We are not satisfied that there is a proper basis to grant permission to appeal on this ground.
 The Deputy President based his decision to vary the Agreements on a consideration of the mutual intention of the parties in relation to the meaning of the clause. He accepted the undisputed evidence of two MSS Security managers that in negotiations and communications concerning the making of the Agreements they never said anything which would have left an impression that MSS Security accepted that the aviation allowance was to be loaded by penalty calculations. The topic arose during the negotiations and the alternative notion now advanced by the union was comprehensively rejected. This finding is consistent with the evidence.
 It is possible in this case that the parties had different intentions as to the use of the words “all purpose”. The resolution of the matter requires the application of the following logic. If an ambiguity exists in relation to the payment of an additional amount, as in this case, and the evidence establishes that there is no mutual intention to pay the additional amount, then it would normally follow that the Commission should not vary the agreement to create an entitlement that is consistent with the intention of only one of the parties. Even if there is no clear mutual intention to not pay the additional amount, it would normally be desirable to resolve an ambiguity to make it clear that the amount is not payable when there is an insufficient basis to find that the parties agreed to pay the additional amount. Therefore, if there was no mutual intention to apply penalty calculations to the allowance, then absent any other compelling circumstance, the company’s application was likely to succeed.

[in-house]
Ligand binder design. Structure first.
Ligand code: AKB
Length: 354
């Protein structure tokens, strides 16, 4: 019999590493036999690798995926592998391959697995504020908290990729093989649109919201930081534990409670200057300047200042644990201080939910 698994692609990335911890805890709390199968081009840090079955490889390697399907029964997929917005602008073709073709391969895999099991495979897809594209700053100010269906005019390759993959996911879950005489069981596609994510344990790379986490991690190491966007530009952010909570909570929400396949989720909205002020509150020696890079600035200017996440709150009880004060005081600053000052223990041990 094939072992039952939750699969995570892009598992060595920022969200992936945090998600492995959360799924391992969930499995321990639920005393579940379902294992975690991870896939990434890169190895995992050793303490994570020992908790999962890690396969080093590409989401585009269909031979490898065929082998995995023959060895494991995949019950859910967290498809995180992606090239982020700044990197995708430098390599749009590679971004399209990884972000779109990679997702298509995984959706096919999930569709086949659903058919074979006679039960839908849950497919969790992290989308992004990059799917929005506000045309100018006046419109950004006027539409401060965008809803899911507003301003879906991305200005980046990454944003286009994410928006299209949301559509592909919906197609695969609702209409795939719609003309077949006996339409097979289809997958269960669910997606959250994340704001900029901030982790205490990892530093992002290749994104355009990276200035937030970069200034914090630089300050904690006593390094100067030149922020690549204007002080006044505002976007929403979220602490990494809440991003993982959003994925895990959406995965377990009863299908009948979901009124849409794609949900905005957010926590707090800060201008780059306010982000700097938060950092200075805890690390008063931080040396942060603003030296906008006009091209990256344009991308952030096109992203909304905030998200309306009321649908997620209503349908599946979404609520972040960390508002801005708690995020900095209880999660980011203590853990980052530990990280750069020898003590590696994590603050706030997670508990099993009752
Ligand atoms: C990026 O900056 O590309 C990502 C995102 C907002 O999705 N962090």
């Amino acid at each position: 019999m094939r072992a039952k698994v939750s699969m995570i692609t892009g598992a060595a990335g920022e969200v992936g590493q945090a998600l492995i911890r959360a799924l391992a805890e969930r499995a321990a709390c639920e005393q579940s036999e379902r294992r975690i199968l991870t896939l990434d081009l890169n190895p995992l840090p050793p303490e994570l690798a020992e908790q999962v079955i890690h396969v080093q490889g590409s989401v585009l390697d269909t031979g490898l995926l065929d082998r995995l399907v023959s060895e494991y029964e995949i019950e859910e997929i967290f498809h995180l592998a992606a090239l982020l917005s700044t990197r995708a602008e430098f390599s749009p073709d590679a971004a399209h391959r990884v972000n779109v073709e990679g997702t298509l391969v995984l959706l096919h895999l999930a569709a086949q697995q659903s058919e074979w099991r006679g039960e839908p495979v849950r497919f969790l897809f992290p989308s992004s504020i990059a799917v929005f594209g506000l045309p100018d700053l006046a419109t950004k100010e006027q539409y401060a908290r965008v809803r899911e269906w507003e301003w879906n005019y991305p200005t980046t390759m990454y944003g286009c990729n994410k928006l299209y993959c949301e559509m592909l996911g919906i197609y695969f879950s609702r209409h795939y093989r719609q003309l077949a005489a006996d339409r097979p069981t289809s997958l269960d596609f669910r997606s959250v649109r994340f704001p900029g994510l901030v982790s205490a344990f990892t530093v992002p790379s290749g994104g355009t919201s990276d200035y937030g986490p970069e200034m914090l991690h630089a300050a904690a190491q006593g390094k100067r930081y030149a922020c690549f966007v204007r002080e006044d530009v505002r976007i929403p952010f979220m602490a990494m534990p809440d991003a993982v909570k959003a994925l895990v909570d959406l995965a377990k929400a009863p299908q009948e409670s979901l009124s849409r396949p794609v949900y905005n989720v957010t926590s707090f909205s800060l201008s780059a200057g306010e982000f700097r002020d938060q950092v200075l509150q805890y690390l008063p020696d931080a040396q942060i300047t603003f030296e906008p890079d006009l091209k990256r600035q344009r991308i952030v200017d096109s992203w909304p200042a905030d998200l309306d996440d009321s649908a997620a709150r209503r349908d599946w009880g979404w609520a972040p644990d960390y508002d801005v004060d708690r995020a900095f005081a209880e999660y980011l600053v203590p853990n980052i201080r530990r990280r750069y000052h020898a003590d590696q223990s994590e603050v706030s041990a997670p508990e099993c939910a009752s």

The Deputy President exercised the discretion vested in him and made a decision that appears to us to be unremarkable. We do not consider that there is any substance to this ground of appeal. Nor do we consider that there is a proper basis to grant permission to appeal on this ground.
 For the above reasons we grant permission to appeal on the jurisdictional issue raised but dismiss the appeal on the jurisdictional grounds. We refuse permission to appeal in relation to the other grounds.
Mr R. Reed of counsel, with Mr L. Forsyth, on behalf of United Voice.
Mr R. Dalton of counsel, with Mr J. Nguyen, on behalf of MSS Security.
Final written submissions:
United Voice on 4 July 2016.
MSS Security on 15 July 2016.
1  FWCA 2774.
2 Coal and Allied v AIRC  HCA 47; 203 CLR 194; 74 ALJR 1348; 99 IR 309; 174 ALR 585 (31 August 2000).
3 Coal and Allied v AIRC  HCA 47; 203 CLR 194; 74 ALJR 1348; 99 IR 309; 174 ALR 585 (31 August 2000) at .
4 House v The King (1936) 55 CLR 499 at - per Dixon, Evatt and McTiernan JJ.
5 Pawel v Australian Industrial Relations Commission (1999) 94 FCR 231.
6 Re Linfox – CFMEU (CSR Timber) Enterprise Agreement 1997 Print Q2603; Re Tenix Defence Systems Pty Limited Certified Agreement 2001-2004 PR917548; Re Victorian Public Transport Enterprise Agreement 1994 Print M2454.
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<Price code C, PR583250>